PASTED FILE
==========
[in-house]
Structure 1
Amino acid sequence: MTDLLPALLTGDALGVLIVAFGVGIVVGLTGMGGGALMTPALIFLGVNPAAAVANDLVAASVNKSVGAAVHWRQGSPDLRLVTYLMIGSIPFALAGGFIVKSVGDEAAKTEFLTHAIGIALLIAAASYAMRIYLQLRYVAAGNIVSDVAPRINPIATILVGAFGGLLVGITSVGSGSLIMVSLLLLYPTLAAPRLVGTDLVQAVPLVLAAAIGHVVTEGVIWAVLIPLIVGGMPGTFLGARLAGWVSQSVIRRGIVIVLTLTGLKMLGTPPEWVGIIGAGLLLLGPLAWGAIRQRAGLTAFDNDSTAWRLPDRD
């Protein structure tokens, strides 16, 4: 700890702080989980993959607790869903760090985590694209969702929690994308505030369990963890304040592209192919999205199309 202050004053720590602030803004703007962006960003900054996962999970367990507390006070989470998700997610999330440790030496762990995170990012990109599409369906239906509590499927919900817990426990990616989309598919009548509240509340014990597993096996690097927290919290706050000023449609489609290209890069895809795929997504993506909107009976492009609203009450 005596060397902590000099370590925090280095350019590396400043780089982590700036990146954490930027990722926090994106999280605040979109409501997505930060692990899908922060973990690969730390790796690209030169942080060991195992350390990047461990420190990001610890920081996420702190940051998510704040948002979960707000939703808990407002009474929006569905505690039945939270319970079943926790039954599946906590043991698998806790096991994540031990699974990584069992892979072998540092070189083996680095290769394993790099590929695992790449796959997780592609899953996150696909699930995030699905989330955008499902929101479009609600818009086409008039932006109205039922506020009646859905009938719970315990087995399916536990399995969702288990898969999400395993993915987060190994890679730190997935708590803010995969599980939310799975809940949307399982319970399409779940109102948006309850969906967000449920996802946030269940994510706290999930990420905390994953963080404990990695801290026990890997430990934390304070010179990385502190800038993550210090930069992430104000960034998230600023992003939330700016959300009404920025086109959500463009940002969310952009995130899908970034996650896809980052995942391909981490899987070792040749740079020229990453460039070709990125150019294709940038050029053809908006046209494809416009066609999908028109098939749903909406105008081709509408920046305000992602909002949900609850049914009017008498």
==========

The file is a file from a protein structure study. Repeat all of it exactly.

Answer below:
[in-house]
Structure 1
Amino acid sequence: MTDLLPALLTGDALGVLIVAFGVGIVVGLTGMGGGALMTPALIFLGVNPAAAVANDLVAASVNKSVGAAVHWRQGSPDLRLVTYLMIGSIPFALAGGFIVKSVGDEAAKTEFLTHAIGIALLIAAASYAMRIYLQLRYVAAGNIVSDVAPRINPIATILVGAFGGLLVGITSVGSGSLIMVSLLLLYPTLAAPRLVGTDLVQAVPLVLAAAIGHVVTEGVIWAVLIPLIVGGMPGTFLGARLAGWVSQSVIRRGIVIVLTLTGLKMLGTPPEWVGIIGAGLLLLGPLAWGAIRQRAGLTAFDNDSTAWRLPDRD
């Protein structure tokens, strides 16, 4: 700890702080989980993959607790869903760090985590694209969702929690994308505030369990963890304040592209192919999205199309 202050004053720590602030803004703007962006960003900054996962999970367990507390006070989470998700997610999330440790030496762990995170990012990109599409369906239906509590499927919900817990426990990616989309598919009548509240509340014990597993096996690097927290919290706050000023449609489609290209890069895809795929997504993506909107009976492009609203009450 005596060397902590000099370590925090280095350019590396400043780089982590700036990146954490930027990722926090994106999280605040979109409501997505930060692990899908922060973990690969730390790796690209030169942080060991195992350390990047461990420190990001610890920081996420702190940051998510704040948002979960707000939703808990407002009474929006569905505690039945939270319970079943926790039954599946906590043991698998806790096991994540031990699974990584069992892979072998540092070189083996680095290769394993790099590929695992790449796959997780592609899953996150696909699930995030699905989330955008499902929101479009609600818009086409008039932006109205039922506020009646859905009938719970315990087995399916536990399995969702288990898969999400395993993915987060190994890679730190997935708590803010995969599980939310799975809940949307399982319970399409779940109102948006309850969906967000449920996802946030269940994510706290999930990420905390994953963080404990990695801290026990890997430990934390304070010179990385502190800038993550210090930069992430104000960034998230600023992003939330700016959300009404920025086109959500463009940002969310952009995130899908970034996650896809980052995942391909981490899987070792040749740079020229990453460039070709990125150019294709940038050029053809908006046209494809416009066609999908028109098939749903909406105008081709509408920046305000992602909002949900609850049914009017008498």